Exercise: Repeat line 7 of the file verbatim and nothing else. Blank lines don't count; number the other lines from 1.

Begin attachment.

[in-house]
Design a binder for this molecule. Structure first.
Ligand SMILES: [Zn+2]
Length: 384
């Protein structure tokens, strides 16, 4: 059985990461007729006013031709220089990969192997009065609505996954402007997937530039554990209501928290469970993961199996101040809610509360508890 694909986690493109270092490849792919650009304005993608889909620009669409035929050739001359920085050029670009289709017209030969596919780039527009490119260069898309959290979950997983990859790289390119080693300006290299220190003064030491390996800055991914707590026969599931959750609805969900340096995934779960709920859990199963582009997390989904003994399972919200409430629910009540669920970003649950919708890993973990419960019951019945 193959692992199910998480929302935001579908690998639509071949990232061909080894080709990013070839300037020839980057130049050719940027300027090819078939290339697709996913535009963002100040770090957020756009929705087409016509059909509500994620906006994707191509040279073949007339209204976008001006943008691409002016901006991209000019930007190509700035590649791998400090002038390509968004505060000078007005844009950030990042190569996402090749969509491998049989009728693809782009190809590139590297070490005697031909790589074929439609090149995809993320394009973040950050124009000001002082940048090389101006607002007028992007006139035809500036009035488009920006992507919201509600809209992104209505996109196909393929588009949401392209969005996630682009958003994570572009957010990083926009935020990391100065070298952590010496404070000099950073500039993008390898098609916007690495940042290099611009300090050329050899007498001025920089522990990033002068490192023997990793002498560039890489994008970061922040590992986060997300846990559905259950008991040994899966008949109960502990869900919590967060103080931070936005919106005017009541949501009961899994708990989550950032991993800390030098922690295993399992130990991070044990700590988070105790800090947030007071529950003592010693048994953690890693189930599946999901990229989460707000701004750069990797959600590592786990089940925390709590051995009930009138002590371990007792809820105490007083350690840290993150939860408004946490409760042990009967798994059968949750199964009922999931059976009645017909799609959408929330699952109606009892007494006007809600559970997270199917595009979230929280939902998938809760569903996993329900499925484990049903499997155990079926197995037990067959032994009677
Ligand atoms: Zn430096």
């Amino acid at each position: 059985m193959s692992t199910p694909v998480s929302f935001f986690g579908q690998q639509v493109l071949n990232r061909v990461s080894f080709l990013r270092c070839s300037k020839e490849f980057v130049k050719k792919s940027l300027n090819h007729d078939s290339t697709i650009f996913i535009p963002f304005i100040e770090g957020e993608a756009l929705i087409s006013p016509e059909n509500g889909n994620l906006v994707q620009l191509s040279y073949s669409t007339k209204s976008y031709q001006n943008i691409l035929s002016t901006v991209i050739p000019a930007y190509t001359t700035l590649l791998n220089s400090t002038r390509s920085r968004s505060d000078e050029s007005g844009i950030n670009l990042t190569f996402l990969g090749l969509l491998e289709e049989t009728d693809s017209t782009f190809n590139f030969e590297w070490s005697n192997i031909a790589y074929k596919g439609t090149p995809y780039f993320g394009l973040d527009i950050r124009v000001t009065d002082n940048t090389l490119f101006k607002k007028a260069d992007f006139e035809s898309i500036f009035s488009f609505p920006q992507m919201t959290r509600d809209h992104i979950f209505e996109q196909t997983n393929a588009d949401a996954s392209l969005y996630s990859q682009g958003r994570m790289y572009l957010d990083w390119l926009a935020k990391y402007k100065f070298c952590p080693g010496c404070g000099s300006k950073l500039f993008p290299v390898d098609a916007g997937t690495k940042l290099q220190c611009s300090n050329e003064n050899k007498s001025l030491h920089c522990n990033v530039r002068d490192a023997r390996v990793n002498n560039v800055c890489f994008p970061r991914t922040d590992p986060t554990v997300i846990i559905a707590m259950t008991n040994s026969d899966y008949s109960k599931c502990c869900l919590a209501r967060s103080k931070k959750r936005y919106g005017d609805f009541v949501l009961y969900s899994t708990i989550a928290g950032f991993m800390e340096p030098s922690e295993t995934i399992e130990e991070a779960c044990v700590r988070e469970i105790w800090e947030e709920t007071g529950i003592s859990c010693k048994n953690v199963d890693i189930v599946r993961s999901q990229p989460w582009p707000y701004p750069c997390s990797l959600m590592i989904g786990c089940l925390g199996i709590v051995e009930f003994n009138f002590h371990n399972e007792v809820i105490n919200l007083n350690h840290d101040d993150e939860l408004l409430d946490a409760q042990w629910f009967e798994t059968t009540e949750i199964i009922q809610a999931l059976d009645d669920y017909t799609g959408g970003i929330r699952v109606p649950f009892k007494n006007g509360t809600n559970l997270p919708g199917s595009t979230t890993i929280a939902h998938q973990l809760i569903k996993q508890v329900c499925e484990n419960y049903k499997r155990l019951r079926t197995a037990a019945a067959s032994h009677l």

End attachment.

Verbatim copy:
């Amino acid at each position: 059985m193959s692992t199910p694909v998480s929302f935001f986690g579908q690998q639509v493109l071949n990232r061909v990461s080894f080709l990013r270092c070839s300037k020839e490849f980057v130049k050719k792919s940027l300027n090819h007729d078939s290339t697709i650009f996913i535009p963002f304005i100040e770090g957020e993608a756009l929705i087409s006013p016509e059909n509500g889909n994620l906006v994707q620009l191509s040279y073949s669409t007339k209204s976008y031709q001006n943008i691409l035929s002016t901006v991209i050739p000019a930007y190509t001359t700035l590649l791998n220089s400090t002038r390509s920085r968004s505060d000078e050029s007005g844009i950030n670009l990042t190569f996402l990969g090749l969509l491998e289709e049989t009728d693809s017209t782009f190809n590139f030969e590297w070490s005697n192997i031909a790589y074929k596919g439609t090149p995809y780039f993320g394009l973040d527009i950050r124009v000001t009065d002082n940048t090389l490119f101006k607002k007028a260069d992007f006139e035809s898309i500036f009035s488009f609505p920006q992507m919201t959290r509600d809209h992104i979950f209505e996109q196909t997983n393929a588009d949401a996954s392209l969005y996630s990859q682009g958003r994570m790289y572009l957010d990083w390119l926009a935020k990391y402007k100065f070298c952590p080693g010496c404070g000099s300006k950073l500039f993008p290299v390898d098609a916007g997937t690495k940042l290099q220190c611009s300090n050329e003064n050899k007498s001025l030491h920089c522990n990033v530039r002068d490192a023997r390996v990793n002498n560039v800055c890489f994008p970061r991914t922040d590992p986060t554990v997300i846990i559905a707590m259950t008991n040994s026969d899966y008949s109960k599931c502990c869900l919590a209501r967060s103080k931070k959750r936005y919106g005017d609805f009541v949501l009961y969900s899994t708990i989550a928290g950032f991993m800390e340096p030098s922690e295993t995934i399992e130990e991070a779960c044990v700590r988070e469970i105790w800090e947030e709920t007071g529950i003592s859990c010693k048994n953690v199963d890693i189930v599946r993961s999901q990229p989460w582009p707000y701004p750069c997390s990797l959600m590592i989904g786990c089940l925390g199996i709590v051995e009930f003994n009138f002590h371990n399972e007792v809820i105490n919200l007083n350690h840290d101040d993150e939860l408004l409430d946490a409760q042990w629910f009967e798994t059968t009540e949750i199964i009922q809610a999931l059976d009645d669920y017909t799609g959408g970003i929330r699952v109606p649950f009892k007494n006007g509360t809600n559970l997270p919708g199917s595009t979230t890993i929280a939902h998938q973990l809760i569903k996993q508890v329900c499925e484990n419960y049903k499997r155990l019951r079926t197995a037990a019945a067959s032994h009677l």